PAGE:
Brooks Koepka on track early in quest for third US Open title

Brooks Koepka made an impressive start to his bid for a third US Open victory in five years as Phil Mickelson’s hopes of completing the career grand slam suffered a massive blow.

Koepka, who won the title in 2017 and 2018 and was second in 2019, carded an opening two-under-par 69 at Torrey Pines to lie two shots behind clubhouse leader Russell Henley.

Former Open champion Louis Oosthuizen was also four under and facing a birdie putt on his penultimate hole when play was suspended due to darkness.

Italy’s Francesco Molinari and Spain’s Rafa Cabrera Bello were a shot off the lead, but Mickelson struggled to a 75 a month after becoming the oldest champion in major history with his shock victory in the US PGA.

Starting on the back nine, Koepka birdied the 12th, 17th and 18th to reach the turn in 33 before another birdie on the second took him into the outright lead on four under.

A wild tee shot to the third cost the 31-year-old his first bogey of the day and another shot went on the seventh after a pulled drive which finished at the base of a picnic bench where spectators were eating lunch.

“You can’t win it today but you can definitely lose it,” Koepka said. “It was nice to get off to a good start, putted well, drove it well on the back nine, my front.
Pretty pleased. Not the best, but I’ll definitely take it.”

Having missed last year’s US Open through injury, Koepka has amazingly finished behind just one player – 2019 winner Gary Woodland – in the event since 2017.

“I’ve just got a good game plan, focused, I know what I’m doing, and I don’t try to do anything I can’t,” he added. “It’s just all about discipline in a US Open. That’s I guess the gist of it.”

Also starting on the back nine after a 90-minute delay due to fog, Mickelson dropped a shot on the 10th when he failed to get up and down from a greenside bunker, his par attempt catching the edge of the hole and spinning out.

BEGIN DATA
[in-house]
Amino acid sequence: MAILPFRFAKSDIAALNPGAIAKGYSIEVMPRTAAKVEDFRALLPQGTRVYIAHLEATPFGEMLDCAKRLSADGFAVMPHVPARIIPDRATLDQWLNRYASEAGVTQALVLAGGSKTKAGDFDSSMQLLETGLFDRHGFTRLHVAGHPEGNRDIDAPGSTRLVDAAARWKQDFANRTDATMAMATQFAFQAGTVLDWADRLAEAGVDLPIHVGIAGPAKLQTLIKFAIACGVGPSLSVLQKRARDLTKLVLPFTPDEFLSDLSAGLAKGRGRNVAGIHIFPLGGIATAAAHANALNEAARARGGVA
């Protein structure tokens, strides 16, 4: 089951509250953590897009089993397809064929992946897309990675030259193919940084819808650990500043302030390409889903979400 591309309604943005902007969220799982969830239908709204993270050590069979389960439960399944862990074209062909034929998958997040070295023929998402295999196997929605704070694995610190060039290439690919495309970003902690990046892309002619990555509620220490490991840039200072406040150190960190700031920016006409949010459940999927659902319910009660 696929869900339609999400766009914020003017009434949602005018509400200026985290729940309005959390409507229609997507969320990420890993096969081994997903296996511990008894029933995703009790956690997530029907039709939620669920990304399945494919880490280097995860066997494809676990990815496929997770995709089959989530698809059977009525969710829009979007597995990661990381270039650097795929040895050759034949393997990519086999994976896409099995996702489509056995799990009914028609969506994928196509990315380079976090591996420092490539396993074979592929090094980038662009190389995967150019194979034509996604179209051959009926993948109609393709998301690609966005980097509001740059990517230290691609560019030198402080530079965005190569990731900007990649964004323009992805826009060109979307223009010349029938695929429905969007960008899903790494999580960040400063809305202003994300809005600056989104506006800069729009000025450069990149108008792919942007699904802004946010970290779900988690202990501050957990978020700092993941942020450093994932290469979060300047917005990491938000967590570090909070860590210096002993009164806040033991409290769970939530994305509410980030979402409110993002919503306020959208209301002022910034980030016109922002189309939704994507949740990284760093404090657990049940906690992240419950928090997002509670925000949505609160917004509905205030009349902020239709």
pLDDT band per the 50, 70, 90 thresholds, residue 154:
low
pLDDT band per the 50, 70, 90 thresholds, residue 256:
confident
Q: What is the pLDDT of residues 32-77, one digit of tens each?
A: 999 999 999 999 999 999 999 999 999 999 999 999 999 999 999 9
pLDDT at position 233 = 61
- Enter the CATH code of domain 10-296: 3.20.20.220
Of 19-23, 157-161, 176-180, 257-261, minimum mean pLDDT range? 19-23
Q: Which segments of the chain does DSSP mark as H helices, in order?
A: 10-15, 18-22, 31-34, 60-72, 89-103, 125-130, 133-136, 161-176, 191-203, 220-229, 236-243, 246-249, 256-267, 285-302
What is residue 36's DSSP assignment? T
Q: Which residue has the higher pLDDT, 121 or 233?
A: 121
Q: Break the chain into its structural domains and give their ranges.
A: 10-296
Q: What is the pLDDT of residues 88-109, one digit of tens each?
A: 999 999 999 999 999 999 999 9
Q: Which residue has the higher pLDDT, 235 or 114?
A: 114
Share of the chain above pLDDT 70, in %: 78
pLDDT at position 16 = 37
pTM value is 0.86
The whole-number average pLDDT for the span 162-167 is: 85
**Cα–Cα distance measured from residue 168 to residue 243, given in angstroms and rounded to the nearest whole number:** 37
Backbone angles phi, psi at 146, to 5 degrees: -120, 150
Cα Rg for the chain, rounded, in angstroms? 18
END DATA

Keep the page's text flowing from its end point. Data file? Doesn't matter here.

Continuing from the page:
The six-time major winner was even more unfortunate on the 13th when, after taking a penalty drop from a bush, his fourth shot to the 613-yard par five bounced once before hitting the pin and rebounding off the green.

Mickelson did well to limit the damage to a single shot by chipping to six feet and holing the putt, but another shot went on the 15th after an errant drive.

US Open
Officials inspect the 16th green after a fog delay during the first round of the US Open (Marcio Jose Sanchez/AP)

A birdie on the 17th stopped the rot and Mickelson also found the green on the par-five 18th in two, but could only three-putt from 60 feet for par.

Mickelson dropped two more shots on the front nine and admitted he struggled to handle numerous distractions from spectators’ mobile phones.

“It’s part of professional golf. You have to learn to deal with it,” Mickelson said. “I don’t understand why you just can’t turn that little button on the side into silent.

“I probably didn’t deal with it internally as well as I could have or as well as I need to. It’s part of playing the game out here at this level. Certainly I didn’t do the best job of dealing with it.”

Phil Mickelson
Phil Mickelson plays his shot from the 18th tee during the first round of the US Open (Marcio Jose Sanchez/AP)

Pre-tournament favourite Jon Rahm is two shots off the lead following a 69, with Rory McIlroy, Richard Bland, Matt Fitzpatrick and Tyrrell Hatton all shooting 70 and Marcus Armitage making an impressive tournament debut with a level-par 71.

Open champion Shane Lowry and Tommy Fleetwood finished one over par but Justin Rose struggled to a 78.

Rose did at least ensure that his group – containing McIlroy and world number one Dustin Johnson – were able to finish by running to the 18th and teeing off before play was suspended, almost hitting Sergio Garcia up ahead in the fairway.